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    • "With prospectively recorded birth weights, there is no possible recall bias between males and females. There is no clear biological explanation for differential effects, but it has been suggested that factors such as higher levels of oestrogen in females and earlier onset of diseases such as diabetes and hypertension in males could be involved [11]. "
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    ABSTRACT: It is suggested that impaired fetal growth can affect kidney development, resulting in fewer glomeruli being formed and reduced kidney function later in life. The aim of this study was to investigate early life variables in relation to adult kidney function, and compare these to the influence of later life variables. Detailed information was collected prospectively regarding 1,142 babies, born in 1947 in Newcastle upon Tyne. At the age of 63-64 years, 335 participants had serum creatinine successfully measured and completed a lifestyle questionnaire. These measurements were used to calculate their estimated glomerular filtration rate (eGFR). Body mass index (BMI) and being female were significantly negatively associated with eGFR. Birth weight was significantly positively associated with eGFR. In sex-specific analyses, BMI and cigarette smoking remained significant for males (n = 154), with a near significant association for birth weight, whereas none of the variables remained significant for females (n = 181). The findings suggest that sex, size at birth and BMI may be important variables influencing adult kidney function. However, as only a small amount of variance in eGFR was explained by these variables, additional longitudinal studies would be beneficial for assessing lifecourse influences on kidney function.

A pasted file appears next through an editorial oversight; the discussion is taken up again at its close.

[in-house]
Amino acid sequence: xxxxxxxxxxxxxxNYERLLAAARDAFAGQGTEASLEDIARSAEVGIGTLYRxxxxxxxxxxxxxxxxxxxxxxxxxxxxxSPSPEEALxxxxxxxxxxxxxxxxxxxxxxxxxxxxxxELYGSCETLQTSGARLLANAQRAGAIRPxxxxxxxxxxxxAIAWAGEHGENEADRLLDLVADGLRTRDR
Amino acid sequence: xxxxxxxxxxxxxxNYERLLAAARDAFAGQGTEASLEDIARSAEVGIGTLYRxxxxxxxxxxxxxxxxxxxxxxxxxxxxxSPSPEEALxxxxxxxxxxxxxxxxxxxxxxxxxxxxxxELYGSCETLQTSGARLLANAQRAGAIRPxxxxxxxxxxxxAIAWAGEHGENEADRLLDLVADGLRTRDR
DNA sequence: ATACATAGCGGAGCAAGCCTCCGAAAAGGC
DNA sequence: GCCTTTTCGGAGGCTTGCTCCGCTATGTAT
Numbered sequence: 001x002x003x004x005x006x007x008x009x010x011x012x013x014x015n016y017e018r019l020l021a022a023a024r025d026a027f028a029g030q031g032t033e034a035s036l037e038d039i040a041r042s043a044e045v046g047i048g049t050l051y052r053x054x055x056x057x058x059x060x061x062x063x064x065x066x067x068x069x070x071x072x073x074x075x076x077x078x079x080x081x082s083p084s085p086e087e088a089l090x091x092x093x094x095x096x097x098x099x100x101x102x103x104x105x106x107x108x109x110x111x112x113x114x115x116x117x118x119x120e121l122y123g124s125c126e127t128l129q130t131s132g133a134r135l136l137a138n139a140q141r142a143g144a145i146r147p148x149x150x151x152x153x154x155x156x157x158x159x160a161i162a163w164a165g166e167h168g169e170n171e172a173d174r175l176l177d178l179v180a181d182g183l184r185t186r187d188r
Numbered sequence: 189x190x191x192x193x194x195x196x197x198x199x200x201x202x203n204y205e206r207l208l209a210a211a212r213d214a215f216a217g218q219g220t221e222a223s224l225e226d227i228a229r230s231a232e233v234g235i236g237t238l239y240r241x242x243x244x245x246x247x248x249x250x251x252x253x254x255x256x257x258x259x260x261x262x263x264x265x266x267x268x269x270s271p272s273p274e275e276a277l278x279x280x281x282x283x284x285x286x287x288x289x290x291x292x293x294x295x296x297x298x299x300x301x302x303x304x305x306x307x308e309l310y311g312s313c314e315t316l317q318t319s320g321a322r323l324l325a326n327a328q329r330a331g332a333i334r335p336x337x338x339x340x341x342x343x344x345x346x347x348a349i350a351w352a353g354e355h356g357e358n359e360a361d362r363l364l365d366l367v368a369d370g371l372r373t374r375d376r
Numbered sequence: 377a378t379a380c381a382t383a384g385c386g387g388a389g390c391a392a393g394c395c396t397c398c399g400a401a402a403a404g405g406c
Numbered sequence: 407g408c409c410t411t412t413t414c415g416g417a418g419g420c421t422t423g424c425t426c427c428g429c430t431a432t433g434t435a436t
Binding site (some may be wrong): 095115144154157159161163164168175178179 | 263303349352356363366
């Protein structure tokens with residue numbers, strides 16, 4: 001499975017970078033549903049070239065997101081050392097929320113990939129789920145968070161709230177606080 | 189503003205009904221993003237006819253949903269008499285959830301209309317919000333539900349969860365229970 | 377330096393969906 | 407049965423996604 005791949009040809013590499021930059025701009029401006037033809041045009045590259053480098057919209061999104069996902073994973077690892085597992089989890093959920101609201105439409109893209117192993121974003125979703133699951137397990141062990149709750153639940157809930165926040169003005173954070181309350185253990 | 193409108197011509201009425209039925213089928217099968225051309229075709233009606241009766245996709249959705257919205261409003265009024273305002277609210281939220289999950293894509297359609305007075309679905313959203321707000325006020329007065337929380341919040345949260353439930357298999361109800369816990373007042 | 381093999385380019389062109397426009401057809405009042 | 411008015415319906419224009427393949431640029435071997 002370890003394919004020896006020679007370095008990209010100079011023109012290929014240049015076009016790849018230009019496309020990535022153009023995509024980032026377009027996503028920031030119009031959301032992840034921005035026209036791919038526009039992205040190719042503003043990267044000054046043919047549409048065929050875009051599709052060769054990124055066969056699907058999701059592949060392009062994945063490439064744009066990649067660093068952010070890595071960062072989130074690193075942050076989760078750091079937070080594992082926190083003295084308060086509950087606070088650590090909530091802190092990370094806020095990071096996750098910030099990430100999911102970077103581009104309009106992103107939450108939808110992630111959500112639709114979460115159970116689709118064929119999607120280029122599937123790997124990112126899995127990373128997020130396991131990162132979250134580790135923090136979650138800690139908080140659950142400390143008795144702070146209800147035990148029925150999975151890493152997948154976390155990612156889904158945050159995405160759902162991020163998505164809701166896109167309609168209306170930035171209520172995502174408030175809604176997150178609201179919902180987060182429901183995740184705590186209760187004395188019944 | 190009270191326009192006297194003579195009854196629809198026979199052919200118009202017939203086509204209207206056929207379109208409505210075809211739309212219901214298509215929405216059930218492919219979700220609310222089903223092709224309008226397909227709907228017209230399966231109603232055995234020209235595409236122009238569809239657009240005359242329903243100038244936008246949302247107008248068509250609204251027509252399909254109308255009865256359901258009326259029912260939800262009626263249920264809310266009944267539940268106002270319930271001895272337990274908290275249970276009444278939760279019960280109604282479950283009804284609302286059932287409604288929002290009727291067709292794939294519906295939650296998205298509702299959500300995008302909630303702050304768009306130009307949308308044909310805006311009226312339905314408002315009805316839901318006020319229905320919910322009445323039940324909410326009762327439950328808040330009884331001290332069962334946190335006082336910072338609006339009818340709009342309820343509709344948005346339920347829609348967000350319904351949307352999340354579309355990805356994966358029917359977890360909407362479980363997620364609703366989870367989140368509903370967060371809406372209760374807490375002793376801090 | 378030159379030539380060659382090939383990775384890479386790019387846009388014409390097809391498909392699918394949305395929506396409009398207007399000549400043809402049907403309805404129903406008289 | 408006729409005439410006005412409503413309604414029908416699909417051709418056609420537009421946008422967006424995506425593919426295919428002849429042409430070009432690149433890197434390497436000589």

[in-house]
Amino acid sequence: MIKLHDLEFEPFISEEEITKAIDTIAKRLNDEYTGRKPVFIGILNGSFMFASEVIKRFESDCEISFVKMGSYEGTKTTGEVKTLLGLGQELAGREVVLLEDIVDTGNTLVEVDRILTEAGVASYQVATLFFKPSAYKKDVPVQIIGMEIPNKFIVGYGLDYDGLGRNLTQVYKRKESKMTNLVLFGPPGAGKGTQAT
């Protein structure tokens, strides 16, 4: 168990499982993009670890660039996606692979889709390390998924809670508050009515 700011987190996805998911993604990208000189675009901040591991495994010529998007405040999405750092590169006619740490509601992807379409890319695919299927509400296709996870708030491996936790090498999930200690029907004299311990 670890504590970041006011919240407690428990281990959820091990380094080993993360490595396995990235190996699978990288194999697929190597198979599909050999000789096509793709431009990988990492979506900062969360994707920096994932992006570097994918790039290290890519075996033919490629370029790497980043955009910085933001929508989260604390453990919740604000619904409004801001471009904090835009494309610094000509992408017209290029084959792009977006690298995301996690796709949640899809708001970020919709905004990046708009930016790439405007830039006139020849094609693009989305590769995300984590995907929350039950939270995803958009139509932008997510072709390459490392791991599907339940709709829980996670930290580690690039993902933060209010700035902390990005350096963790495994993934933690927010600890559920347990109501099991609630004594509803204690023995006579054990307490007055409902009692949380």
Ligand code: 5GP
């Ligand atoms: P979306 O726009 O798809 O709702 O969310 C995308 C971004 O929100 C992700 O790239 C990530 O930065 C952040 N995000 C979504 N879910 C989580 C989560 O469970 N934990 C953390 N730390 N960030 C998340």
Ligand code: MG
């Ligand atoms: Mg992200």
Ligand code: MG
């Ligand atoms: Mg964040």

Full-text · Article · Jun 2013 · PLoS ONE
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    • "It is now recognized as an important determinant of adult health. Acceptance and understanding of this concept derives from human epidemiological studies suggesting that many metabolic diseases such as cardiovascular disease (Barker, 1993), chronic kidney disease (Li et al., 2007), type II diabetes mellitus (Hovi et al., 2007;Hofman et al., 1997), and hypertension (Roseboom et al., 2001) are associated with low birth weight. Since developing organisms pass more physiological benchmarks prior to birth than during as male fetuses become larger than age-matched females (Hindmarsh et al., 2002;Crawford et al., 1987;Parker et al., 1984). "